On fitting in or being the outsider

Just got back from a weekend at the Kinabalu National Park, so be prepared to be bored with photos over the next few days. These shots are from the top of a Tualang tree (Koompasia excelsa, the highest emergent and also one of the most beautiful of our rainforest trees) looking down on to the forest canopy, and so to the forest floor 41 metres below. I went extravagantly mad taking photos looking straight down…don’t you love digital cameras?

Last week I said I was going to talk about why I gave up on adapting to my adopted country – why I went so far, and not that little bit further.

I guess the main reason is that I found I couldn’t – my skin colour and appearance is always going to keep me apart. I can never be anonymous. And just as a Malaysian friend living in Vienna used to grind her teeth over always being taken for a Filipina maid, so am I frustrated by always being taken for a tourist and treated differently on the basis of that. Hey, ten to one I have lived longer in Malaysia than the person speaking to me. After all, I first came here 37 years ago. And I probably know more about the rainforest, and can recognise more plants and animals than 99% of Malaysian citizens who have lived here all their lives. Point at a Tualang tree and ask the average citizen about it and they can’t tell you a thing, not even the name.

Yet people make immediate assumptions about me:
I am richer than they are (which sometimes translates into ‘therefore I can charge her more’)
I can’t speak the local language
I know nothing of the customs

And adapting outwardly makes no difference. If I wear a baju kurung, people stare. If I speak the local language, they reply in English or jump out of their skin. If I eat chillies they are impressed. If I make a local curry, they are astounded.

A second reason to draw the line is that officialdom has no interest in me whatsoever. They have refused me permanent residency (without giving a reason), so every year I have to go along with my husband to an immigration office, pay money, and beg to be allowed to stay yet another year. They offer awards and medals and titles to my husband for the effort he has made on behalf of his country, but treat his wife like she doesn’t exist. Over the years, I have done a tremendous amount of volunteer work, free of charge, yet they still obviously don’t want me here. (They won’t allow me to work for money without going through an incredible rigmarole – even when a government department wants to employ me!!)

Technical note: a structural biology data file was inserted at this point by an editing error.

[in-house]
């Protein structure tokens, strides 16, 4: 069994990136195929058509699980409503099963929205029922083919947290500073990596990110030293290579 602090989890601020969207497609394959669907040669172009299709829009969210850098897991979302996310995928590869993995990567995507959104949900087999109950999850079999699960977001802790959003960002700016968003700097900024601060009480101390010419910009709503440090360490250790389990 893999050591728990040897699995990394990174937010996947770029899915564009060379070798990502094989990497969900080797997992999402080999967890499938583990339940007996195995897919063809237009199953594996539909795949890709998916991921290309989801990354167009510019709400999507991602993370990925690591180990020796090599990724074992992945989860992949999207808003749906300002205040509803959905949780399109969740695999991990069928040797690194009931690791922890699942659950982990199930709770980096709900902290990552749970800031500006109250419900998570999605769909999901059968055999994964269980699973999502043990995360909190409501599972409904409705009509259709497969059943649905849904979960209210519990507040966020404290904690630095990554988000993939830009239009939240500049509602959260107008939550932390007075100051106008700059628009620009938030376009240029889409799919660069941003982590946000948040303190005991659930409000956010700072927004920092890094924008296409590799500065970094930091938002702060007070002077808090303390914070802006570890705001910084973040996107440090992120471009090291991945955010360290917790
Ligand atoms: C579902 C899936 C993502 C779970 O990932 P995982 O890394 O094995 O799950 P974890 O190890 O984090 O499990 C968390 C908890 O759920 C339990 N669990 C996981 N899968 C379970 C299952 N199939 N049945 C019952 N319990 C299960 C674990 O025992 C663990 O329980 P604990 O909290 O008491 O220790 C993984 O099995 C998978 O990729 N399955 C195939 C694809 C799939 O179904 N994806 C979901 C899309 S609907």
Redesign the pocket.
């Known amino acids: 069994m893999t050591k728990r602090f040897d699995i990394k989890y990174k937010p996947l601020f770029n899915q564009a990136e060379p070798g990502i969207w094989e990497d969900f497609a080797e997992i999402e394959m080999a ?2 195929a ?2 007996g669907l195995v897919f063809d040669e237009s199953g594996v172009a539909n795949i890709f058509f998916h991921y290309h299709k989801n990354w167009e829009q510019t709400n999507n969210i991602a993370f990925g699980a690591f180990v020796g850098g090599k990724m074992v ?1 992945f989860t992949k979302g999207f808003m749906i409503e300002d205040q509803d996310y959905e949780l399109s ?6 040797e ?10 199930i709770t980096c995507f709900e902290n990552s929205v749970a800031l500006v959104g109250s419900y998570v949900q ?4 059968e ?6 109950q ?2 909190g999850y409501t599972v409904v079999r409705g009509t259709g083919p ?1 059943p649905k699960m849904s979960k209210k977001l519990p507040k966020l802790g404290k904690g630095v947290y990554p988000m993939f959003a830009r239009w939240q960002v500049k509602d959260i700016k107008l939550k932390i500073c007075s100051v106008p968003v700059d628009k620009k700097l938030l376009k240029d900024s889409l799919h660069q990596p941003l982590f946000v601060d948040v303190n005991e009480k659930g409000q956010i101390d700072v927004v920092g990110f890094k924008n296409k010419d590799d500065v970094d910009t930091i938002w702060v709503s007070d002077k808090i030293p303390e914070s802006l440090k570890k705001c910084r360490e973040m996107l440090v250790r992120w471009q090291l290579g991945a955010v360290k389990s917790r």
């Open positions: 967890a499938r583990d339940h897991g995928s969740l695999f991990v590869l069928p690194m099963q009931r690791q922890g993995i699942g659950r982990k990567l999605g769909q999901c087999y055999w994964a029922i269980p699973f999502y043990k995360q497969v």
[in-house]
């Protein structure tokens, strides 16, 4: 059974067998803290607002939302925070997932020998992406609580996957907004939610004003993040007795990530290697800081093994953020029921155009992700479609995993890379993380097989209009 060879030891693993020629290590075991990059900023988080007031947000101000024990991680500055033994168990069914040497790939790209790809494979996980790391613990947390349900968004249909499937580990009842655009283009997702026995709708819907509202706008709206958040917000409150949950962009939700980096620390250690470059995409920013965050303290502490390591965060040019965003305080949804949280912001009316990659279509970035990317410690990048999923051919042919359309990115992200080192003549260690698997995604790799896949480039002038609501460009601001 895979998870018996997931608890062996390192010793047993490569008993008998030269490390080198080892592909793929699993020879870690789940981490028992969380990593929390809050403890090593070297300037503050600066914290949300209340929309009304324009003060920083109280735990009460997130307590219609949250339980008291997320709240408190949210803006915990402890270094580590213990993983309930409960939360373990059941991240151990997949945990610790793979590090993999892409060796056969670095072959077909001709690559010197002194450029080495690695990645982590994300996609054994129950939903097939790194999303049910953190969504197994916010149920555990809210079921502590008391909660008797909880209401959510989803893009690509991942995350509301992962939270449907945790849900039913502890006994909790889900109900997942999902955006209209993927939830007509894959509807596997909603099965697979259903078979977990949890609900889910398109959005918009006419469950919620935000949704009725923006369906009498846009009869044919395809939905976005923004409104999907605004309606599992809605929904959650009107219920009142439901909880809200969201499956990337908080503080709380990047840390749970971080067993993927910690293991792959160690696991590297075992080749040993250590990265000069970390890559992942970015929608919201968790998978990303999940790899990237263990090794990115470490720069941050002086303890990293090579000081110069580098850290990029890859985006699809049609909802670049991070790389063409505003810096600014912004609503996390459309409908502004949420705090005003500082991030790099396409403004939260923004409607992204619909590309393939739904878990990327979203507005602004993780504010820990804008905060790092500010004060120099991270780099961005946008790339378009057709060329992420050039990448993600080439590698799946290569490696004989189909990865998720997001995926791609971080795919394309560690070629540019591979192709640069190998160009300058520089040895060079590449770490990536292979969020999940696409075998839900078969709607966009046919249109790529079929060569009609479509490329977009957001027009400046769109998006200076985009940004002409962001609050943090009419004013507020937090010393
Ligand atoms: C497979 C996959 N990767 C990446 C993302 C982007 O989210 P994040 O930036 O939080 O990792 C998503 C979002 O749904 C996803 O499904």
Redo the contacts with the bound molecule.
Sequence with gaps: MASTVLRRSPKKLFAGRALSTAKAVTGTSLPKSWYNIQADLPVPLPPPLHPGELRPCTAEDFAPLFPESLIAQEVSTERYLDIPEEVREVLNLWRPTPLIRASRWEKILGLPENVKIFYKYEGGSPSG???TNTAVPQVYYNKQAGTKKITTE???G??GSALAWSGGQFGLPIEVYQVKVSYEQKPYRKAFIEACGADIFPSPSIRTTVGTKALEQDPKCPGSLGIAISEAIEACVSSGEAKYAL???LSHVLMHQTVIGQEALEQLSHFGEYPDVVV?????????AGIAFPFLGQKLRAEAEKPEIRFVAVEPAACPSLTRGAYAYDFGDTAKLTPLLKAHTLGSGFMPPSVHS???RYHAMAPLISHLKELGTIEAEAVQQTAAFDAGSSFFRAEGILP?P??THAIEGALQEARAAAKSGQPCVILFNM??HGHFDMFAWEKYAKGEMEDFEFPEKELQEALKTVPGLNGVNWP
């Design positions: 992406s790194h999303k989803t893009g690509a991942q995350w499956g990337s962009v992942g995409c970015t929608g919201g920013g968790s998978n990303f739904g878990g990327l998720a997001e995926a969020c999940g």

So why should I go the extra mile?

Somehow when someone talks of discrimination and prejudice and poor treatment of immigrants etc etc, everyone jumps to the conclusion that they are talking about a Western country doling out insults to people with dark skins and/or non-Judae-Christian religions.

Oh? Tell me about it.

Don’t get me wrong – I love this country and its people (after all I married a Malaysian and I have two Malaysian daughters and I’m still here, even all these years later). But if they want me to fit in like a Malaysian, they’ve got to do better than that.


On fitting in or being the outsider — 5 Comments

  1. they won’t allow you a permanent resident visa? even after all that time? not to mentioned being married to a citizen.. that’s just wrong.

  2. The workings of governments are wondrous strange[sigh]. And I’m sure “they’re all strange ‘cept thee and me” is a world-wide adage in one form or another:-)

    Super photos. Got more?

  3. Yes, the continued refusal of permanent residency was the thing I found most surprising – though living on a rock where the rules governing the right to buy property are complex and highly exclusive perhaps I should have expected it. 😮

    One observation I do need to make though is that when I’ve been in KL and Melaka I’ve seen remarkably few ‘white faces’, even in the more tourist-intensive areas – and most of those were fairly obviously backpackers or families on holiday, and a few businessmen. More often in a crowded food court or restaurant I seem to have been the only ‘White European’ present at all.

    So on an everyday basis, perhaps your ordinary people just don’t have the experience yet of having ‘white faces’ as part of the regular permanent residential mix (as opposed to say Chinese, Japanese, Thai, Malay, Mayanmar and any number of other ‘Asian’ nationals).

    By contrast, here on our little rock (10 miles by 5, population just under 100,000) we do have a mix of people from most parts of the world, all living and working here rather than just tourists. I doesn’t mean we’re all one big happy family, of course, nor that culturally diverse either; but at least we’re more used to the idea that the person on the bus next to us could be just as much a ‘local’ as we are, whatever their outward form.

  4. I have the ideal t-shirt slogan for me:

    “I am not a tourist. I live here!”

    Unfortunately the powers that be only put up with me on sufferance. I have sometimes felt that Malaysians are not supposed to marry non-Malaysians and there are folk out there who think we ought to be punished for such effrontery…

    My mistake was to relinquish my PR. My husband was seconded – by the Malaysian government – to the United Nations in Vienna. I went with him and we were away eight and a half years. It was exceedingly difficult to maintain PR while not living here. Immigration officials accused me of trying to have my cake and eat it too. so I gave it up. Now they won’t give it back. Nor will they say why. I guess they feel I am an undesirable, in spite of the money I bring into the country.

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